Cross stitch pattern Perrault's fairy tale Sleeping Beauty

Cross stitch pattern Perrault's fairy tale Sleeping Beauty

8,33 €

GRI_PDC_PER_04

Sleeping Beauty fairy tale pattern chart



Charles Perrault's fairy tale : Sleeping Beauty

Pattern to embroider in cross stitch or in petit point.

Each of the patterns in this series dedicated to Perraults fairy tales on one side  a version of the motif in colour and on the other side, the same motif in unicolour. The instruction sheet contains the paragraph that it illustrates in the tale.

Our patterns are all printed on large format paper (29,7 x 42) and are very easy to follow.

Size of this motif: 90 x 90 points. When using 12 count embroidery linen and sewing over 2 threads, the finished piece will measure 15cm each side. Sewing over 2 threads using 16 count linen, your piece will measure 11.3cm each side. Sewing over 5.5 count Aida, your piece will measure 16.5cm each side. Don’t forget to leave a border around your embroidery.

For the multicolour version, 14 colours of thread are needed. Our recommendations for these colours with our Retors du Nord thread: 2332, 2013, 2039, 2570, 2001, 2180, 2015, 2190, 2003, 2038, 2549, 2032, 2223 and 2445.

Our patterns are presented in pretty printed folders, the colours vary according to our stocks. The interior of the folders have printed reminders of the basic embroidery stitches. Thread and fabric not supplied.

These models are re-editions of vintage models.

You may also like to discover the other series dedicated to Crafts, Signs of the Zodiac, The Seasons, La Fontaine's Fables, Flowers...


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There were formerly a king and a queen,
who were so sorry that they had no children;
so sorry that it cannot be expressed.
They went to all the waters in the world;
vows, pilgrimages, all ways were tried, and all to no purpose. 
At last, however, the queen had a daughter. 
There was a very fine christening;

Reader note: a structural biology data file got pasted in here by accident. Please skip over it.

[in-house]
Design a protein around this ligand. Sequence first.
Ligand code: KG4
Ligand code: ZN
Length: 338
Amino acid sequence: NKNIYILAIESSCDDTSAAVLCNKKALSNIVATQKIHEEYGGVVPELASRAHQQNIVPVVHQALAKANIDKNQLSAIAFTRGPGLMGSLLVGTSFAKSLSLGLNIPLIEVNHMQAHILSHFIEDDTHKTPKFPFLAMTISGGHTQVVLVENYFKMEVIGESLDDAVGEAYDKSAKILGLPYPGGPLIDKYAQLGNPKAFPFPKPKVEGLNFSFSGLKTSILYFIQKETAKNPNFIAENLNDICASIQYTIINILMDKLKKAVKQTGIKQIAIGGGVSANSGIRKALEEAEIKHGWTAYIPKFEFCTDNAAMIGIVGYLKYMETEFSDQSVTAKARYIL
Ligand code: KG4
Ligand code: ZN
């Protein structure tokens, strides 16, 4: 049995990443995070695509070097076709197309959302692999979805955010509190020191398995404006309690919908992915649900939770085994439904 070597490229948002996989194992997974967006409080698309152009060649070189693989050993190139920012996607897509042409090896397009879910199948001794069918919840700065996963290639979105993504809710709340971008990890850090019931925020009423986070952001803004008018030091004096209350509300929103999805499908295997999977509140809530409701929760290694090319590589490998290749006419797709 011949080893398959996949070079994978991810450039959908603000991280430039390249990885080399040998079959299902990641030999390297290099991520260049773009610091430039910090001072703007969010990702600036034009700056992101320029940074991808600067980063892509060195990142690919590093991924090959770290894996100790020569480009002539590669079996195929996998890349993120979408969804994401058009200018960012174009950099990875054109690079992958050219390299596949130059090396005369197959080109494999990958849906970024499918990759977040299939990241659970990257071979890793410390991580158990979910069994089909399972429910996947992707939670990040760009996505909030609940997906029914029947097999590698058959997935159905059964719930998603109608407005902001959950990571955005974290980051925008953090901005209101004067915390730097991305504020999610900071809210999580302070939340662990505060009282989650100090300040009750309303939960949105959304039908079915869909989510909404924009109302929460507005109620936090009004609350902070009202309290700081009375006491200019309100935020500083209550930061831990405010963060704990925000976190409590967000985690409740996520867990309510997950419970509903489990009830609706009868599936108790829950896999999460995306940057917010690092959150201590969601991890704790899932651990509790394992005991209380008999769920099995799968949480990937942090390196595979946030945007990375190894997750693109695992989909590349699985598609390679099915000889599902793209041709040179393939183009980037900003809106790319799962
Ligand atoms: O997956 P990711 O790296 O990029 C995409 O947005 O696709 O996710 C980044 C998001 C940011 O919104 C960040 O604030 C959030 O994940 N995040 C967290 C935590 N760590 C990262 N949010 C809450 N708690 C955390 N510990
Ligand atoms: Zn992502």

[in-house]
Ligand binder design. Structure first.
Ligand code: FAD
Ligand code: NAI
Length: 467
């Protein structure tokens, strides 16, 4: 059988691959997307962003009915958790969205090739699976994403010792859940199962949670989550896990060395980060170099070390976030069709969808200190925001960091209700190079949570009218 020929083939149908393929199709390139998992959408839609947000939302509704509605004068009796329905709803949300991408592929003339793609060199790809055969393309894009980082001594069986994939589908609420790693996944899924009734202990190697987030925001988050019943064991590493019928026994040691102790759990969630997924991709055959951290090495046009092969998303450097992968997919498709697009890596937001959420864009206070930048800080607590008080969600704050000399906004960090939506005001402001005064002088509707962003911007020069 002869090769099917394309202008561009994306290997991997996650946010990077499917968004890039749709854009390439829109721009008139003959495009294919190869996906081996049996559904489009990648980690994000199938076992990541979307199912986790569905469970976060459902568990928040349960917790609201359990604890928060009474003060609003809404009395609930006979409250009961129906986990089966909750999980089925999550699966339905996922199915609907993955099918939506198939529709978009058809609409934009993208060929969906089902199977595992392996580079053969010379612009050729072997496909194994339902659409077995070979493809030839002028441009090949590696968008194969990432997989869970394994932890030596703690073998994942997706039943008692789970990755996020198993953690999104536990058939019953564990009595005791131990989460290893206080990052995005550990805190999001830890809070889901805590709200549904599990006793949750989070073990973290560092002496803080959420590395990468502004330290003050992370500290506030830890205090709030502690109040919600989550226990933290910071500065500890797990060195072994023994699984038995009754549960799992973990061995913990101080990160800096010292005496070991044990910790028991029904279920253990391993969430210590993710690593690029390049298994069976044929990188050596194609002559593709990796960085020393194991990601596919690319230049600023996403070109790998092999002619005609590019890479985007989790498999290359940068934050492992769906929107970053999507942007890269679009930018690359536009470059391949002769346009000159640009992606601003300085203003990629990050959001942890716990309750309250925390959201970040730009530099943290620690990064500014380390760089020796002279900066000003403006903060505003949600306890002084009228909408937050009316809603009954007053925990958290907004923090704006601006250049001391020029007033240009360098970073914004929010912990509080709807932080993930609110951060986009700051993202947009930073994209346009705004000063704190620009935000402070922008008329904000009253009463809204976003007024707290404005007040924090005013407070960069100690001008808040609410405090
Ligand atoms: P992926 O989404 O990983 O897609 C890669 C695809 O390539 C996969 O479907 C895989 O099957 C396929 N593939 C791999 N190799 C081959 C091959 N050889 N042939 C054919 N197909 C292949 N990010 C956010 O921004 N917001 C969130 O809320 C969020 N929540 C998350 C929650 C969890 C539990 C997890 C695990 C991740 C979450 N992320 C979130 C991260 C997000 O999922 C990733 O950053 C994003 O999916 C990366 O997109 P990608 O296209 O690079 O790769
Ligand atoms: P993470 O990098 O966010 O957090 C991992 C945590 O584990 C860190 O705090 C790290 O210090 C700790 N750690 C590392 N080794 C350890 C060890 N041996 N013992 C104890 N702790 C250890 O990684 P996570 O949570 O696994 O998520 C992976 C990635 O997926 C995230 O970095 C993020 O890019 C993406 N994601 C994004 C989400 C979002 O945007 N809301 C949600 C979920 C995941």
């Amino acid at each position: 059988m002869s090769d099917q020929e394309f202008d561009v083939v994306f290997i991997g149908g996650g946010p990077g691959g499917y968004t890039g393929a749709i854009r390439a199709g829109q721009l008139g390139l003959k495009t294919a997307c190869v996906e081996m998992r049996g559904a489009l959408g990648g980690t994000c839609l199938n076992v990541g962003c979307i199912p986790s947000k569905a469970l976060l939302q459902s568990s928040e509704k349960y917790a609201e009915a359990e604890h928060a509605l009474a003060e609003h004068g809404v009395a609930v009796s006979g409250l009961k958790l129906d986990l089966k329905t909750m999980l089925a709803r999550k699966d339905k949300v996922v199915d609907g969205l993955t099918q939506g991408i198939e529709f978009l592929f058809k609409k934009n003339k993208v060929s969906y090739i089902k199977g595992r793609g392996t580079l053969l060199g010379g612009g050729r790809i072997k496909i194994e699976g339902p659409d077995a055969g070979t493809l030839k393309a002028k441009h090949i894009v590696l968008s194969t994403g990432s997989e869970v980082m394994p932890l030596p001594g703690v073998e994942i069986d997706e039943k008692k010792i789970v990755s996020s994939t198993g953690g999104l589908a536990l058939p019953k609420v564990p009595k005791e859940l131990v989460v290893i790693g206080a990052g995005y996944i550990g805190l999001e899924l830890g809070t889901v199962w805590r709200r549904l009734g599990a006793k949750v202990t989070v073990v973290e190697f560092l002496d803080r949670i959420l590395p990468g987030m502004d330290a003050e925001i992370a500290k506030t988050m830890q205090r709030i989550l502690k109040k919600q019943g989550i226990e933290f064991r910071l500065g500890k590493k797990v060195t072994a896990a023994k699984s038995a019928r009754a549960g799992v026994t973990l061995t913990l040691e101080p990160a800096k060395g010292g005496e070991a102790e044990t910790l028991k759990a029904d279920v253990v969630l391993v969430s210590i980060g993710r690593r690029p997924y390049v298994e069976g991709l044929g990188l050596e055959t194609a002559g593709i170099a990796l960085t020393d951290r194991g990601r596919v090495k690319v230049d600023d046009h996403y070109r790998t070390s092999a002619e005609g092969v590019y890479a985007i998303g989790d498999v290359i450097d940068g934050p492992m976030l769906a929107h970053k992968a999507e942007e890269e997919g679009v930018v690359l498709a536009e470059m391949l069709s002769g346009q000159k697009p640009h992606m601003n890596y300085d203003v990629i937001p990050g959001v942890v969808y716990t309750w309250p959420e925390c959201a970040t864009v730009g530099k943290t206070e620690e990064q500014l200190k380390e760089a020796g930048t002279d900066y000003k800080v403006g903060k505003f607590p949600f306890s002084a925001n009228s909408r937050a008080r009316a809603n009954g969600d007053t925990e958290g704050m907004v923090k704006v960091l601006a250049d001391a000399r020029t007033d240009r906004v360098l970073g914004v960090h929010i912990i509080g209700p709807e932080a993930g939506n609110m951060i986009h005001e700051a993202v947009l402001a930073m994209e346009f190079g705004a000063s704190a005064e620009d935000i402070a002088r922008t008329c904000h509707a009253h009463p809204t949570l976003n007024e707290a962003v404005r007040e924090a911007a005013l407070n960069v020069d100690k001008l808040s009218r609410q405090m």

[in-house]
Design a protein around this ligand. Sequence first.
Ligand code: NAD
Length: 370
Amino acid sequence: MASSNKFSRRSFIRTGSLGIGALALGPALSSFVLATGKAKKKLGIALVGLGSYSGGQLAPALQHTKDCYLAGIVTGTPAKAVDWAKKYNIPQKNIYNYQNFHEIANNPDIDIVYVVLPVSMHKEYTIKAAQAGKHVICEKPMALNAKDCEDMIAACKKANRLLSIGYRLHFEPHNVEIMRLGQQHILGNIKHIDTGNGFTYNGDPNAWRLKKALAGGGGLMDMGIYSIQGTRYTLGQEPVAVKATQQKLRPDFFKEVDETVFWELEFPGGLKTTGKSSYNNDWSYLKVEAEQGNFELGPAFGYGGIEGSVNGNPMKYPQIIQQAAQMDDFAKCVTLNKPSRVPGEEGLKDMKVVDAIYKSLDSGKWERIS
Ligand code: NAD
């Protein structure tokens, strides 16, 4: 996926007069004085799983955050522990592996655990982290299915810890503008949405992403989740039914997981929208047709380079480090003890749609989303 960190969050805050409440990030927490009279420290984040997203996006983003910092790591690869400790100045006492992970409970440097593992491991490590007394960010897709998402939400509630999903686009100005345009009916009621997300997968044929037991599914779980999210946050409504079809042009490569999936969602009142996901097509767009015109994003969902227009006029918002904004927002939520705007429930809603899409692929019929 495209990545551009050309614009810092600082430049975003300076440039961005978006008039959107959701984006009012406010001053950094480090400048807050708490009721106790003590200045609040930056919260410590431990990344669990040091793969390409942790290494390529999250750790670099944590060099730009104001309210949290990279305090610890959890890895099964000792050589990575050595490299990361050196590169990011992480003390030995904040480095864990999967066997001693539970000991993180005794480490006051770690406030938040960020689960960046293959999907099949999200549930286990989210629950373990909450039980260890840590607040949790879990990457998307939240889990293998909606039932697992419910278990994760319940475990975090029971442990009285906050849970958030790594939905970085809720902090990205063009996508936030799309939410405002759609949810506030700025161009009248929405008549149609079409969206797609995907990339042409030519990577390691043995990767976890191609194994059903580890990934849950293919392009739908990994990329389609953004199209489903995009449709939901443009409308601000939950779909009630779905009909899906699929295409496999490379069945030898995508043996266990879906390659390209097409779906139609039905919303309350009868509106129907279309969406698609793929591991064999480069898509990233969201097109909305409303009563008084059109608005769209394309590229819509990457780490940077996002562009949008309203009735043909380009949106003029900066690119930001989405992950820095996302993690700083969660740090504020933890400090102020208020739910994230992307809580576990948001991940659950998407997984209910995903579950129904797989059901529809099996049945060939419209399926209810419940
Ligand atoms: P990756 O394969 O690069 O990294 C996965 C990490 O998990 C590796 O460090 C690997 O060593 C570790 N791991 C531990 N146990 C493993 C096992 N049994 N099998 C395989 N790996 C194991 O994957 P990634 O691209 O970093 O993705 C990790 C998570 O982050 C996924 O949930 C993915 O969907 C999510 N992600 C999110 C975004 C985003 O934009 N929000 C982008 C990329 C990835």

and the princess had for her godmothers all the fairies 
they could find in the whole kingdom (they found seven), 
that every one of them might give her a gift, 
as was the custom of fairies in those days. 
By this means the princess had all the perfections imaginable. 
After the ceremonies of the christening were over, 
all the company returned to the king's palace, 
where was prepared a great feast for the fairies. 
There was placed before every one of them 
a magnificent cover with a case of massive gold, 
wherein were a spoon, knife, and fork, 
all of pure gold set with diamonds and rubies. 
But as they were all sitting down at table 
they saw come into the hall a very old fairy, 
whom they had not invited, 
because it was above fifty years 
since she had been out of a certain tower, 
and she was believed to be either dead or enchanted. 
The king ordered her a cover, 
but could not furnish her with a case of gold as the others, 
because they had only seven made for the seven fairies. 
The old fairy fancied she was slighted, 
and muttered some threats between her teeth. 
One of the young fairies who sat by her overheard how she grumbled; 
and, judging that she might give the little princess some unlucky gift, 
went, as soon as they rose from table, 
and hid herself behind the hangings, 
that she might speak last, and repair, 
as much as she could, the evil which the old fairy might intend. 
In the meanwhile all the fairies began to give their gifts to the princess. 
The youngest gave her for gift 
that she should be the most beautiful person in the world; 
the next, that she should have the wit of an angel; 
the third, that she should have a wonderful grace in everything she did; 
the fourth, that she should dance perfectly well; 
the fifth, that she should sing like a nightingale; 
and the sixth, that she should play all kinds of music to the utmost perfection. 
The old fairy's turn coming next, 
with a head shaking more with spite than age, 
she said that the princess should have her hand pierced 
with a spindle and die of the wound.
This terrible gift made the whole company tremble, 
and everybody fell a crying.
At this very instant the young fairy came out from behind the hangings, 
and spake these words aloud: 
"Assure yourselves, O King and Queen, 
that your daughter shall not die of this disaster. 
It is true, I have no power to undo entirely what my elder has done. 
The princess shall indeed pierce her hand with a spindle; 
but, instead of dying, she shall only fall into a profound sleep, 
which shall last a hundred years, 
at the expiration of which a king's son shall come and awake her." 

Charles Perrault
Sleeping Beauty